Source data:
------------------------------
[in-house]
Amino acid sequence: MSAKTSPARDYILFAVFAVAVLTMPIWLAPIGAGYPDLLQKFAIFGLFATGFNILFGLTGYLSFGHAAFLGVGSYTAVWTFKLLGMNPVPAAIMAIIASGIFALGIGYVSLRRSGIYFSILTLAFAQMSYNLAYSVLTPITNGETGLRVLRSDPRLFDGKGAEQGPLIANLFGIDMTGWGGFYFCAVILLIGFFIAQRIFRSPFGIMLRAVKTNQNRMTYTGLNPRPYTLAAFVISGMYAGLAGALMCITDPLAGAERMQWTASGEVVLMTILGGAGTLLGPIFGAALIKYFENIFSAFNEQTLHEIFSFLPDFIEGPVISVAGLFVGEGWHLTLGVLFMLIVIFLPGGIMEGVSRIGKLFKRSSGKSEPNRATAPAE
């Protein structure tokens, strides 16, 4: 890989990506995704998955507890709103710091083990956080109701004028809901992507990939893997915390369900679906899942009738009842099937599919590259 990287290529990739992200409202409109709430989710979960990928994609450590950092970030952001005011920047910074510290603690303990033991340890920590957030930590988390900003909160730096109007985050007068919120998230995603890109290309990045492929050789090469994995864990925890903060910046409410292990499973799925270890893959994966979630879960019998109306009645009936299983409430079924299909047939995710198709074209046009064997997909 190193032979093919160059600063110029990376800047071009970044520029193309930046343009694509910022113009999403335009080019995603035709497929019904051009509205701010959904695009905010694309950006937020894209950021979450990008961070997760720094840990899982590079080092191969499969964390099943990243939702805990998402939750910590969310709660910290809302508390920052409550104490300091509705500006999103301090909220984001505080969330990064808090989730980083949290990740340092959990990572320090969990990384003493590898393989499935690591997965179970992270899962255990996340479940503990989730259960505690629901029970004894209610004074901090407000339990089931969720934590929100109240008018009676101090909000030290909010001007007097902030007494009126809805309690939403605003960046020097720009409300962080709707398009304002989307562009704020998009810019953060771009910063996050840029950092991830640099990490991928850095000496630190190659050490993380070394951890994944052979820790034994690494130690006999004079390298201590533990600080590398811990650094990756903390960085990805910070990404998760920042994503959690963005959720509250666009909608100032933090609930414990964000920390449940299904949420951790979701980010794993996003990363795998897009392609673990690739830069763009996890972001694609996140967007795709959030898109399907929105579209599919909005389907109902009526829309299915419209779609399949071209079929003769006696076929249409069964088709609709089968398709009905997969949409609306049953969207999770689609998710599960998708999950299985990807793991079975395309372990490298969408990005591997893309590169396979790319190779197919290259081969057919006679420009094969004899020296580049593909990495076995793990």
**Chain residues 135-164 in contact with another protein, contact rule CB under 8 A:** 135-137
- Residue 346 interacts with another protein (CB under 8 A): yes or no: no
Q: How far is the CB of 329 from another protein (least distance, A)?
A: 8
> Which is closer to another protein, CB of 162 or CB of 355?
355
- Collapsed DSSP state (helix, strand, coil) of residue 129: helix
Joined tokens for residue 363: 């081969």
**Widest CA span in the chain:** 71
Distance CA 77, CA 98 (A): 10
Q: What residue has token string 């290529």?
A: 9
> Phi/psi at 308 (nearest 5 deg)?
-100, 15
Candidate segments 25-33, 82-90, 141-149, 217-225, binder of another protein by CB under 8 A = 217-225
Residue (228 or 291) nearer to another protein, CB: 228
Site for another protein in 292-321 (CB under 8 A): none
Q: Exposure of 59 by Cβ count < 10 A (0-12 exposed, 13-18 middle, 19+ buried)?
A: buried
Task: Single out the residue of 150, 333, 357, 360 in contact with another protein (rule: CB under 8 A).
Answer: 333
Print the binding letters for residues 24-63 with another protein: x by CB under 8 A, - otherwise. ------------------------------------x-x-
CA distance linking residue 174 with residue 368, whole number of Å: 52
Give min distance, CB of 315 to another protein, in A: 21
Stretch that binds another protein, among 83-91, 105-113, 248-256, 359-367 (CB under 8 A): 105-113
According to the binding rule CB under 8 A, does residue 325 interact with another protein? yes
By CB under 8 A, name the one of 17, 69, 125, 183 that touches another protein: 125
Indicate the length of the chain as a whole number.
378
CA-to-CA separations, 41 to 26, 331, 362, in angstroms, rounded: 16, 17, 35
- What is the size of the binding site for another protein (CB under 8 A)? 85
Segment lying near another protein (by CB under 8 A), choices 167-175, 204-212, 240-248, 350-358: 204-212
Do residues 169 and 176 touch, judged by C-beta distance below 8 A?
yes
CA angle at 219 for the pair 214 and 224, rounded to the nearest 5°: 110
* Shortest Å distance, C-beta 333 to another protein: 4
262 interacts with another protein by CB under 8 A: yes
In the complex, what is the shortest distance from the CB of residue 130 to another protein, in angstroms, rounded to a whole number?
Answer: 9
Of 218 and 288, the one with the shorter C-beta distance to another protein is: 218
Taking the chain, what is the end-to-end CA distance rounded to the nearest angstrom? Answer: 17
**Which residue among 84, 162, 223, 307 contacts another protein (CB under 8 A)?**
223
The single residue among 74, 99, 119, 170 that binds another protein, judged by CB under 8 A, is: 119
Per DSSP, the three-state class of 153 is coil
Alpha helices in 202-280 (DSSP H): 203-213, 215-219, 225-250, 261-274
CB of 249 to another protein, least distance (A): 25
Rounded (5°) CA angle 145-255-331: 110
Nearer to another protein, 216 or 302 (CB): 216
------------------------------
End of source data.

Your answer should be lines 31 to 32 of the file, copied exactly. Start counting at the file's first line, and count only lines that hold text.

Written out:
Indicate the length of the chain as a whole number.
378